This prospectus has been prepared based on information provided by us and by other sources that we believe are reliable. This prospectus summarizes certain documents and other information in a manner we believe to be accurate, but we refer you to the actual documents, if any, for a more complete understanding of what we discuss in this prospectus. All of such documents are filed as exhibits to the registration statement of which this prospectus is a part. In making a decision to invest in the securities offered in this prospectus, you must rely on your own examination of us and the terms of the offering and securities offered in this prospectus, including the merits and risks involved.
We are not making any representation to you regarding the legality of an investment in the securities offered in this prospectus under any legal investment or similar laws or regulations. You should not consider any information in this prospectus to be legal, business, tax or other advice. You should consult your own attorney, business advisor and tax advisor for legal, business and tax advice regarding an investment in our securities.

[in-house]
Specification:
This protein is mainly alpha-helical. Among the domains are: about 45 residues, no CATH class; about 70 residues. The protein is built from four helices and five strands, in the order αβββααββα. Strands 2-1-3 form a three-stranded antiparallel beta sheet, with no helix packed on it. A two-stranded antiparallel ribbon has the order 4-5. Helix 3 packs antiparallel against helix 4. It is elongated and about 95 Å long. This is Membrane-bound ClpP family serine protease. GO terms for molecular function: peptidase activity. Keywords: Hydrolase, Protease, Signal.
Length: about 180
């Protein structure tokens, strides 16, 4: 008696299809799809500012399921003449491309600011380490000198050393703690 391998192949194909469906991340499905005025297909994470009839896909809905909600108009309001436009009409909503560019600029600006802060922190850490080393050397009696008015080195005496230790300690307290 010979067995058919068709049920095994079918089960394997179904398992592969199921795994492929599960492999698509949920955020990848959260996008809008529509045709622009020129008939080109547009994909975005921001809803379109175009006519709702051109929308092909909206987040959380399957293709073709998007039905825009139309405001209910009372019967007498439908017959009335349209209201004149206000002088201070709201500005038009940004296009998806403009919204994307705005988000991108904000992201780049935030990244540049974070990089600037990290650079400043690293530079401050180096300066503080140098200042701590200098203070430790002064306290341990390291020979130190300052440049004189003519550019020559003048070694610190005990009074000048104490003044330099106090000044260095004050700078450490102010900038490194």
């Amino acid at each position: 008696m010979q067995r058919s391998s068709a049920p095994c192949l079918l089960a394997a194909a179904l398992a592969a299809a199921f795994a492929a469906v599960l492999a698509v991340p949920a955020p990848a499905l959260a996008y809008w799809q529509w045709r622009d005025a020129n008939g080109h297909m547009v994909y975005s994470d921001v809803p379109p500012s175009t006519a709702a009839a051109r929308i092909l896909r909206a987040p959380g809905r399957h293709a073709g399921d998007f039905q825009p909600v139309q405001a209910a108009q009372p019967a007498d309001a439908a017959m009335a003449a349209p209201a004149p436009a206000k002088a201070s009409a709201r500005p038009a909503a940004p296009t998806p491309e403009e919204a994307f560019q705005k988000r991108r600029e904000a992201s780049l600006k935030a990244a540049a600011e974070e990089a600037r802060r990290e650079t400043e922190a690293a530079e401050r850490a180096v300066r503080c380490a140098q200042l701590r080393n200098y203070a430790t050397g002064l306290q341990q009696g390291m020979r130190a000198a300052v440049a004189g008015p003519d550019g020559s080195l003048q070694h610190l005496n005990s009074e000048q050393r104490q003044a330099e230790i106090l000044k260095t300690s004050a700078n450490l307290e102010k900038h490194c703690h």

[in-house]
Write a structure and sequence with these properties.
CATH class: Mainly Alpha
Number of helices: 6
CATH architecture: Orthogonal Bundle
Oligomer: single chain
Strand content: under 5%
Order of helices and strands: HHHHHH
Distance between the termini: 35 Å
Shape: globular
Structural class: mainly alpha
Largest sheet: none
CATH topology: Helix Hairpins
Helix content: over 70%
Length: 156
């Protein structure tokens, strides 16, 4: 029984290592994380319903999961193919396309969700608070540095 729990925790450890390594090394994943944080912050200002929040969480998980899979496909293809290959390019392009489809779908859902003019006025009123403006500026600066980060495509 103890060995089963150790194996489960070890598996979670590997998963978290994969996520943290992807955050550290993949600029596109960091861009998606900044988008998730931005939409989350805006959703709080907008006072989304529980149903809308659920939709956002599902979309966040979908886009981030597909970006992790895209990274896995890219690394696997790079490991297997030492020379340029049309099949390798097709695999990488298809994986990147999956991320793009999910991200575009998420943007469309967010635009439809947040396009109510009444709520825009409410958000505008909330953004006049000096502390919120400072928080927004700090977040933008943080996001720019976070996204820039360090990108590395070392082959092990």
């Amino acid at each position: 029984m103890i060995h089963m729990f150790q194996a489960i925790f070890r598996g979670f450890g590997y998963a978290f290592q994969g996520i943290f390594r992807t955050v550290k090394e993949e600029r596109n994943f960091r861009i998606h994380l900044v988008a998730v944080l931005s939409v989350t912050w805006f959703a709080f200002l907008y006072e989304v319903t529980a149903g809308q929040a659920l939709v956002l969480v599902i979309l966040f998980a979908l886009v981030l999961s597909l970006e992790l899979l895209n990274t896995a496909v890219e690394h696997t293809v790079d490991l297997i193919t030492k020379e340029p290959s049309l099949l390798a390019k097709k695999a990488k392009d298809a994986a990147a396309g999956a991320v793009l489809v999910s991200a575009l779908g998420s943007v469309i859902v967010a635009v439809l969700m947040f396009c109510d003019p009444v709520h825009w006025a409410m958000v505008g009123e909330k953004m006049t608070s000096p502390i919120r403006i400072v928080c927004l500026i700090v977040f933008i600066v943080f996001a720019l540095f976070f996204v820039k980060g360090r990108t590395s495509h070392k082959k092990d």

You should read and consider the information in the documents to which we have referred you under the captions “Where You Can Find More Information” and “Incorporation of Documents by Reference” in this prospectus. You may rely only on the information contained in or incorporated by reference into this prospectus or to which we have referred you.
On July 16, 2018, we effected a reverse stock split at a ratio of 1-for-10. All share and per share information presented herein has been retroactively restated to reflect the reverse split.
Please refer to the Glossary of Certain Scientific Terms on page 62 of this prospectus for definitions of certain technical and scientific terms used throughout this prospectus.